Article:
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The Sad Case of Foreclosed Homes

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By : Tony Marino    99 or more times read
Though many sources are claiming that the end of the recession is at hand, we are all painfully aware that the incidence of foreclosures hasn't dwindled and may not for some time to come yet. The tragedy of foreclosures apparently isn't ending just with unfortunate mortgage holders losing their homes however, more and more vacant homes are falling victim to vandalism and occupation by people who don't own them.

The number one source of foreclosed home vandalism seems to be from the homeowners themselves as they vacate homes. Because foreclosure is such an emotional event, many of these people feel that they need to exact revenge on the banks that gave them the means to buy their homes in the first place. Not only are some of these owners stripping out all of the appliances out of these homes, but also cabinets, copper pipes and wiring, tiles, bathtubs, toilets, sinks, and air conditioners. It seems that some homeowners are removing any item out of their home that they anticipate might get them a dollar or two when they leave in an attempt to get a few dollars out of the house before they leave.

Another form of vandalism perpetrated by homeowners is one that is more destructive than just looting for sale able items; some homeowners, in their rage and disgust at losing their homes, seem to be committing as much rampant destruction to their properties as they can in some kind of misguided attempt to destroy as much of the home that they can. Homes have had their drywall smashed in, walls spray painted, food and garbage left to rot, and the taps all left on and the homes flooded, as well as many other destructive things.

Some vandalism along these same lines is perpetrated by strangers as well, but no vandalism seems to be committed with as much vigor and venom as that committed by disgruntled homeowners.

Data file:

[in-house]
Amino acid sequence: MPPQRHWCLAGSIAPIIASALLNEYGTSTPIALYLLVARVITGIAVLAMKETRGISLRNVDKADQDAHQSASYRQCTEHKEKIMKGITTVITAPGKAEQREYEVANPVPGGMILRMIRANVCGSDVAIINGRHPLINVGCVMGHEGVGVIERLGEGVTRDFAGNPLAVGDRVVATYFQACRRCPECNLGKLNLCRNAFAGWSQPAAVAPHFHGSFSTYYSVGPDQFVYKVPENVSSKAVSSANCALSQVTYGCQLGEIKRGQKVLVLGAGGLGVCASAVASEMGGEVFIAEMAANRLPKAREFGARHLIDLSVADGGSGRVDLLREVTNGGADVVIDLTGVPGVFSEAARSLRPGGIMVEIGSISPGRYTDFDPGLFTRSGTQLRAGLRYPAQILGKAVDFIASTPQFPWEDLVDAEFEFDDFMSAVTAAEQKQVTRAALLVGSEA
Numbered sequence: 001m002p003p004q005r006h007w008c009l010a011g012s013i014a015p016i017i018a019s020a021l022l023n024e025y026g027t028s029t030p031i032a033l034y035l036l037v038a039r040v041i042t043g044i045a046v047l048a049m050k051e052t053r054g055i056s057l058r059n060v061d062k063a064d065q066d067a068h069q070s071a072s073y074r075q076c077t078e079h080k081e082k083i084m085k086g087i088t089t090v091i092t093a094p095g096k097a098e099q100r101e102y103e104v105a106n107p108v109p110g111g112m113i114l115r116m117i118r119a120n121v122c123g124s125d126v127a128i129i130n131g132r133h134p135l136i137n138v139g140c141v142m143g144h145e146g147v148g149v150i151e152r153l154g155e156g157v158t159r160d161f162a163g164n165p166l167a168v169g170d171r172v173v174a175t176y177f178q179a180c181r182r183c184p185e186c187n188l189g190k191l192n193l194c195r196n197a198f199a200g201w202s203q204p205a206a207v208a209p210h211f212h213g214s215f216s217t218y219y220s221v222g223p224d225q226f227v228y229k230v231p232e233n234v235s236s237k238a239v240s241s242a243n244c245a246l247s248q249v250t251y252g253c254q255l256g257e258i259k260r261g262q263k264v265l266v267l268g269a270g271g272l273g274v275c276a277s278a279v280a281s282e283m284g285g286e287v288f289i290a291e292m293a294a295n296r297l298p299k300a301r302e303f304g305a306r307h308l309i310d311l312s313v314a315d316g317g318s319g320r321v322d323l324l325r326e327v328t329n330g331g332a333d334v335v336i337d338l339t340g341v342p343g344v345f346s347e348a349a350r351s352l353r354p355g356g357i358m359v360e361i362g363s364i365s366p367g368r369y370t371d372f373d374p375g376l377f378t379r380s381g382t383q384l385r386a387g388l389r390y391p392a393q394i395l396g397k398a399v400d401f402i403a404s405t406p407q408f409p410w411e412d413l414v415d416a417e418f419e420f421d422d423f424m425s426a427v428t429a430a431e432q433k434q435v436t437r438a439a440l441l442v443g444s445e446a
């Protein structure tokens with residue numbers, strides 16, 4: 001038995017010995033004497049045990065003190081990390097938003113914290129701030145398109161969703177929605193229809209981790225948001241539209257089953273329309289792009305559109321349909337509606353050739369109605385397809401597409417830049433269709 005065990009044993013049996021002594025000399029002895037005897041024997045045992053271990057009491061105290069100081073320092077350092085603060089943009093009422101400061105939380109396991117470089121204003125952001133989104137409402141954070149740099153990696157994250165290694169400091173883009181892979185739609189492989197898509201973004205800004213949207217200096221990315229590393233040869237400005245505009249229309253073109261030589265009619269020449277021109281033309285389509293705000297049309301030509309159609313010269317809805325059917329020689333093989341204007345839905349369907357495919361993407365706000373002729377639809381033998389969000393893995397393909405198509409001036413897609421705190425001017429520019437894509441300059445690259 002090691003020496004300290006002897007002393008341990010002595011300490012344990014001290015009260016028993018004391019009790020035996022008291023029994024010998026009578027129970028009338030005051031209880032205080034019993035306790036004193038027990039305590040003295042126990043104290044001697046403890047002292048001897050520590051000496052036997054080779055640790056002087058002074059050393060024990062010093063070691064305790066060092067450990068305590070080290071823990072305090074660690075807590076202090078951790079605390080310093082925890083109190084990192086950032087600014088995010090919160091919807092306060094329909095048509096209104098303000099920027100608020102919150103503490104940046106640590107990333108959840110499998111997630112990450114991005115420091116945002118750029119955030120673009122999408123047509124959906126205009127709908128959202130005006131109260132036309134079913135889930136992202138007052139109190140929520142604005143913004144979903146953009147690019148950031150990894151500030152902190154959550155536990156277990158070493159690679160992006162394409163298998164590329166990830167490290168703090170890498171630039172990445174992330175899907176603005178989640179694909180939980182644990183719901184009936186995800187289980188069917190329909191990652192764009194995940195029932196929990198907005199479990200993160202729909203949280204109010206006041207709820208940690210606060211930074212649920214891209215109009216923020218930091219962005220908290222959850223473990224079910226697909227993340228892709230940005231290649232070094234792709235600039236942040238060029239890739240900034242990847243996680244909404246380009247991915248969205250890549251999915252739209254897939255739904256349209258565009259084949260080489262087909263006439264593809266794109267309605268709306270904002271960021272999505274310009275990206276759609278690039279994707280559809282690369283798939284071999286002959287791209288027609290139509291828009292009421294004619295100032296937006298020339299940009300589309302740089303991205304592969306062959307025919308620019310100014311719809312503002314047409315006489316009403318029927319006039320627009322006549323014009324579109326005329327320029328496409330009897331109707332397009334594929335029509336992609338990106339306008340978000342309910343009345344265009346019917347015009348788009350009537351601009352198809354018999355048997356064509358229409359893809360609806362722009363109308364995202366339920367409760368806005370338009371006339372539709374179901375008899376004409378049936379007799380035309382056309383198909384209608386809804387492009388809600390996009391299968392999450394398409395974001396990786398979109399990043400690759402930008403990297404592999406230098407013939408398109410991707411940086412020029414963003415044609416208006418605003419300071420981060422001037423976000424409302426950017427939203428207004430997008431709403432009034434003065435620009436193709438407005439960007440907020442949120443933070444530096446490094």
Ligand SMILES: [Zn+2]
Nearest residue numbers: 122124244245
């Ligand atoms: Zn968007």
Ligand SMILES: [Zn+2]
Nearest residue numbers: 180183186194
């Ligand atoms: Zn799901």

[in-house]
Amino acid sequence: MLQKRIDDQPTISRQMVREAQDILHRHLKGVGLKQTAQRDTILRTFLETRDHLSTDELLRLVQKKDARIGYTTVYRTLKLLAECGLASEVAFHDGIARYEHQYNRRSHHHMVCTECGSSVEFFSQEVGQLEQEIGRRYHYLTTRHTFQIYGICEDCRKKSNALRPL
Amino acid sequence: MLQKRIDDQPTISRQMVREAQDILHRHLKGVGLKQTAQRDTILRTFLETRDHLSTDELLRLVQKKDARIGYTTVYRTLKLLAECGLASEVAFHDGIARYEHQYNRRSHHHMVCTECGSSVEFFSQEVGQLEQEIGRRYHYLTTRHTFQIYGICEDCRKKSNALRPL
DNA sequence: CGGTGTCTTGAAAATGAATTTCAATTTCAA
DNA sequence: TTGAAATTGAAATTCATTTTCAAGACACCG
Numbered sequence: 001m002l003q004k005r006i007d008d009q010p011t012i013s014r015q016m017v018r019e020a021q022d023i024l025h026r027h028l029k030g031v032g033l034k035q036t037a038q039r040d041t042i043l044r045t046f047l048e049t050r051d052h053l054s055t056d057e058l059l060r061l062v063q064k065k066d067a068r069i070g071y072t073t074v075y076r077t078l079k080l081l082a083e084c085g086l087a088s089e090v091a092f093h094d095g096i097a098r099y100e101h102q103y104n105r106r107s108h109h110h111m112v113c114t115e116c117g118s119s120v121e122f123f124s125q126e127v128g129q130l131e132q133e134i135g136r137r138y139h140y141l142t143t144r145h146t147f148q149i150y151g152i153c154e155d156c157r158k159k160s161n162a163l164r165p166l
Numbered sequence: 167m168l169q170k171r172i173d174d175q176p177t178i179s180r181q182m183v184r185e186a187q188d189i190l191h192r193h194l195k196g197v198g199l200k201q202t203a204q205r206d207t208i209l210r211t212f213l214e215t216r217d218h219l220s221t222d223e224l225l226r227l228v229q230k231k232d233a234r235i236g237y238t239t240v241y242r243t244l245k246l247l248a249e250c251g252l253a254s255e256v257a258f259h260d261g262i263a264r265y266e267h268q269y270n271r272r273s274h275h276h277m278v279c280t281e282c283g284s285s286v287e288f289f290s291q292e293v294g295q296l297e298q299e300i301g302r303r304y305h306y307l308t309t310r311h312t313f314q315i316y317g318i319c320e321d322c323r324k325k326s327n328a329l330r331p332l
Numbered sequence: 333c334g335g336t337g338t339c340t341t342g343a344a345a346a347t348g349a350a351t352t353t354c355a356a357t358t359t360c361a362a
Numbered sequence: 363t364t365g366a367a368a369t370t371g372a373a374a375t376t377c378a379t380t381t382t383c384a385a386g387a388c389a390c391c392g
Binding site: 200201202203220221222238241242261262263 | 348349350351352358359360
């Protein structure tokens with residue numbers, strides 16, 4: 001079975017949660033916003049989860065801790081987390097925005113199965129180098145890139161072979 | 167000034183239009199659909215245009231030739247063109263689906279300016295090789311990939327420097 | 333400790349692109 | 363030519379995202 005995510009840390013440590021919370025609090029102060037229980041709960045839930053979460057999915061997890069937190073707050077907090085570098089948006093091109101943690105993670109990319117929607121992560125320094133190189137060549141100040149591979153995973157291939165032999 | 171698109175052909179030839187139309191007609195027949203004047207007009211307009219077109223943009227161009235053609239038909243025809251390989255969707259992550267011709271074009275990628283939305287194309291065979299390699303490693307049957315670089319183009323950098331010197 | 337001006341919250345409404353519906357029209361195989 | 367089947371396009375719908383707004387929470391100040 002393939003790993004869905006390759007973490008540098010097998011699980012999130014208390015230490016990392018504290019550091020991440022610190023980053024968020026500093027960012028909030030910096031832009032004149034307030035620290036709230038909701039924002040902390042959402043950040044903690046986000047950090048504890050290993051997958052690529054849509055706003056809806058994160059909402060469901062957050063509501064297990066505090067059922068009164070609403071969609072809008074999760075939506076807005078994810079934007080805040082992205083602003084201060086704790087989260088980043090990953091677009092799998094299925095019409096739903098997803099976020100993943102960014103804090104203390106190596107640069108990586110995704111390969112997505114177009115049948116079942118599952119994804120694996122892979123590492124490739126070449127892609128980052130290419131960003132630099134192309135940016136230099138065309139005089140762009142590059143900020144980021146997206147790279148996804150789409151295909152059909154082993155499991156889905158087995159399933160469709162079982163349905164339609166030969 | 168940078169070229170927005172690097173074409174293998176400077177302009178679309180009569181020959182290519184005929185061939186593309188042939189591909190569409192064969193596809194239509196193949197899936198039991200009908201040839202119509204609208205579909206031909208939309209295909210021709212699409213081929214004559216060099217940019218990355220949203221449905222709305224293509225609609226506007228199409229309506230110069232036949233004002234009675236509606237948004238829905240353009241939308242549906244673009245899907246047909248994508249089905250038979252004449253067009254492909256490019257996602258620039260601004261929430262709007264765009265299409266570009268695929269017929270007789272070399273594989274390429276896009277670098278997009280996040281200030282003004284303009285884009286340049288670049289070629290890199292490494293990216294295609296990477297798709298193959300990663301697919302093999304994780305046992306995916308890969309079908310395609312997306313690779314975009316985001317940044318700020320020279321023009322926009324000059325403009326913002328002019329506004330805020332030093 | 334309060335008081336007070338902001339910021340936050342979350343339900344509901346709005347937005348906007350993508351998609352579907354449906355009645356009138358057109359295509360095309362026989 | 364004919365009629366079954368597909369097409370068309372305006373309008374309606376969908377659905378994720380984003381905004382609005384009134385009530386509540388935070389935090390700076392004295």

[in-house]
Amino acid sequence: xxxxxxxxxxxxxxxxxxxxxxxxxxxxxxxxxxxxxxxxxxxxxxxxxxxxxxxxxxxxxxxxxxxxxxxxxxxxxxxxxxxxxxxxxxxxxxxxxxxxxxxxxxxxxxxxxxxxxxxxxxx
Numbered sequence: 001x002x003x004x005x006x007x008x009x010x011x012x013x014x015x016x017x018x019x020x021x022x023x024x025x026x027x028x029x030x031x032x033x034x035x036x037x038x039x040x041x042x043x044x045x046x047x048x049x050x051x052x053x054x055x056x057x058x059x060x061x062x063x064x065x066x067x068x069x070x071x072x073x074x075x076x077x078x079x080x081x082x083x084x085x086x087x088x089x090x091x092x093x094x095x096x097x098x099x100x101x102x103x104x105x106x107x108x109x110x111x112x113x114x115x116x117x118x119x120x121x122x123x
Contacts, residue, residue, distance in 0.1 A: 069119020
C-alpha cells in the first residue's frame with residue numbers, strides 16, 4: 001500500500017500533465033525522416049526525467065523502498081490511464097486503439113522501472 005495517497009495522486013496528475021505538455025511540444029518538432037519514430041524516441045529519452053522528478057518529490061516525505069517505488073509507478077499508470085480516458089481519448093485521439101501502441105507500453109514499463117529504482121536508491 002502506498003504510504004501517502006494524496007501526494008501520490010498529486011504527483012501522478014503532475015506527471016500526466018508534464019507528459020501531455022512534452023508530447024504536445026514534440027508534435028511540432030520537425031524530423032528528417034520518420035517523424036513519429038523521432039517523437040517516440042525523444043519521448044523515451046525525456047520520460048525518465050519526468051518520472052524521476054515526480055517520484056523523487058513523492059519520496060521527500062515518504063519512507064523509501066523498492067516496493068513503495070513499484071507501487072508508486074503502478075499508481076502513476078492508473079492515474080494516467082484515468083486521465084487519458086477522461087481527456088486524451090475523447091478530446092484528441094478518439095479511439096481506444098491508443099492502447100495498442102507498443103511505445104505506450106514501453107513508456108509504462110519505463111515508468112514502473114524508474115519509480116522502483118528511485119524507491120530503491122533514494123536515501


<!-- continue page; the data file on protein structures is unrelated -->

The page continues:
Some of the foreclosed homes have also become party sites for a variety of party-goers. Teen parties in these abandoned homes has become a serious problem in some areas; the party-goers often vandalize the homes by breaking windows and spray painting the interior of the residence as well as creating a disturbance in the neighborhood.

It has recently come to light that teenagers aren't the only ones trespassing and partying in vacant foreclosed homes though; Cheronda Guyton, a Wells Fargo senior vice president in foreclosed properties, has recently been exposed for living with her family in a foreclosed Malibu mansion and throwing lavish parties. While this family has been squatting in this luxury accommodation, Wells Fargo has apparently been refusing to show the property to prospective buyers when approached by realtors in the area. The bank is apparently investigating this situation.

It is looking that there will be no end to the incidence of vandalism and trespassing on foreclosed properties until either neighborhoods band together to keep close watch on the homes around them, or until the foreclosure rate reverses and the prevalence of vacant homes becomes more manageable for banks and law enforcement across the country to keep an eye on.

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